Listeners nowadays expect audio to sound clear and professional. Most people won't stick around if levels are off, there's loud noise in the background, or even if there are too many "uums" and "errs". Sound your best, edit podcast audio in Audacity to produce high-end quality shows with easy to use tools for beginners.
Why Edit Podcast Audio in Audacity?
Although there's plenty of software available, Audacity is one of the best because it's simple and easy to use. Edit podcast audio without knowing a lot about editing, not to mention it's:
- Free: Unlike most editing software, such as Adobe Audition, Audacity is completely free.
- Cross-Platform: Available on Mac, Windows, and Linux, so you can edit on anything.
- Essential Tools: Easy to use features means everything just works.
For newcomers and those wanting basic, easy to use tools, Audacity is the best solution. Download Audacity and edit podcast audio in minutes.
Recording using Audacity is super easy! Make sure your audio interface is selected in the audio preferences drop-down list, and then double-check your levels by clicking on the levels bar at the top to start monitoring. As long as your levels are between -9db and -18db, you’re good to go! Click the record button once you’re ready to get going!
If you’ve already recorded your audio, you can easily import into Audacity to edit podcast audio. Just click File, at the top, then Import, and Audio. Choose the audio file you want to import into Audacity, we would recommend sticking with using WAV or AIFF formats as these preserve sound quality the best.
Cut out any silences or filler words, like “umms” and “errs”, then you can just click and drag to highlight the audio you want to cut, then hit the delete key on your keyboard.
Removing Background Noise
Sometimes microphones can pick up the audio from the room you record in, or some background static which comes out as a low-level humming noise. You can spot these on the waveform as constant low waves, if you can’t quite see them, you can use the +magnifying glass to zoom in.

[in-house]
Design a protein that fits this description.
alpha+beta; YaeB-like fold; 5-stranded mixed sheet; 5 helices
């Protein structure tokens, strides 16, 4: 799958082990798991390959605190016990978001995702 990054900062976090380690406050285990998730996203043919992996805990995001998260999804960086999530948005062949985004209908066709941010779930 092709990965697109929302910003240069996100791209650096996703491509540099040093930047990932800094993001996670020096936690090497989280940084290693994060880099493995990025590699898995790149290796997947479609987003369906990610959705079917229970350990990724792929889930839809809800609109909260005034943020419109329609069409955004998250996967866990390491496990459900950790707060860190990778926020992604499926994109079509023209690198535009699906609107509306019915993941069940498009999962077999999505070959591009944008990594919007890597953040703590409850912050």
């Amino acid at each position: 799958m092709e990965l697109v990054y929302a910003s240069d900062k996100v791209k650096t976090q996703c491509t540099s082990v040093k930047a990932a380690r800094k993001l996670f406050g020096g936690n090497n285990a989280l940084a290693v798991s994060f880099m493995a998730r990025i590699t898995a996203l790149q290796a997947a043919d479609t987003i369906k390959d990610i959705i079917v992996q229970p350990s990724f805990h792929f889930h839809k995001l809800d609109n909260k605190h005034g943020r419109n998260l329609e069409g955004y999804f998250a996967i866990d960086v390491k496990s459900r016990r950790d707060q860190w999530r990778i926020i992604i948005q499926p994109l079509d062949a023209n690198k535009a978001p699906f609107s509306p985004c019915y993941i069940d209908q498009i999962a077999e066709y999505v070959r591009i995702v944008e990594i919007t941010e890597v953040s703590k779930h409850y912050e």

To remove this background hum, just highlight a section of the background noise. Then click Effects at the top, then Noise Reduction, and then select Get Noise Profile. This captures the print of the highlighted noise, ready to remove it.
Then, go back to the whole audio file and highlight it all. Click Effects and Noise Reduction again, then adjust the Noise Reduction (dB) to 5, Sensitivity to 0.50, and Frequency Smooth (Bands) to 1. Then confirm the changes by clicking OK.
Play some of your file through to see the changes that the noise reduction has made. You may need to go back and adjust some of the settings further to remove the background noise completely.
Fading In and Out
Fades are a nice way to transition in and out of your show, and it just makes it sound that bit more professional. Highlight the start of your podcast episode, then click Effects and then Fade In. Then highlight the end of your podcast episode and go to Effects and then Fade Out.
These fades should only last for a few seconds each, but don’t make them too short as they can turn out a bit abrupt.
Amplify and Normalise
If your audio is too quiet or too loud, you can adjust that by amplifying or normalising it. If your audio is too quiet, select the portion of your track or the whole thing, and then go to Effects and then Amplify. Here you can either adjust the slider, or type in a dB number. Click Preview to listen to the changes and keep modifying the dB level until it’s at a decent level.
Instead, if your audio is too loud, again, you can select the audio that’s too loud, then go to Effects and Normalise. Enter a dB maximum amplitude you want to set as the limit for your audio, and preview the changes.
Extreme peaks and dips in the waveform can sound very harsh on the ears in comparison to the rest of the audio, but this can be fixed. You can bring the volume closer together to level it out. Highlight the whole podcast episode, and then go to Effects, then Compressor.
Then just adjust the Threshold (-14dB) and Noise Floor (-40dB), and preview the audio and keep making adjustments until everything sounds like it’s on the same level.
Removing Plosives (AKA Nasty P Noises)
When your microphone is angled below your mouth, your recording will have some pretty breathy, nasty popping noises in it whenever you say any words with P’s in them. You can usually see these pretty easily on your waveform, by looking for short, large spikes in the wave. You can easily minimise these.
Highlight your plosives, then go to Effects and Equalization. You should see a flat across 0dB, but if you don’t, just click the Flatten button. Then click Graphic EQ, and this should bring up some sliders so you can adjust the wavelength manually. Set the first 4 sliders on this to -20dB, then put the next 8 sliders up by -2dB each until just past 200Hz. Then just leave the rest of the sliders as they are.
Save this set up as something you will easily remember, like Plosive Fixer. Then click OK and the highlighted bits of your audio should fix themselves. You can also reuse this set up now as a preset!
When your audio is all clean and ready to be published to your podcast, you can export your episode. To do this, just go to File, then Export Audio. Type in a name for your audio file, select where you’d like to save it to on your computer, and make sure your File Type is set to MP3. You don’t need to adjust any other settings.
You can adjust the metadata for your track here, but this is not 100% necessary as you can adjust episode details when you upload to Podcast.co.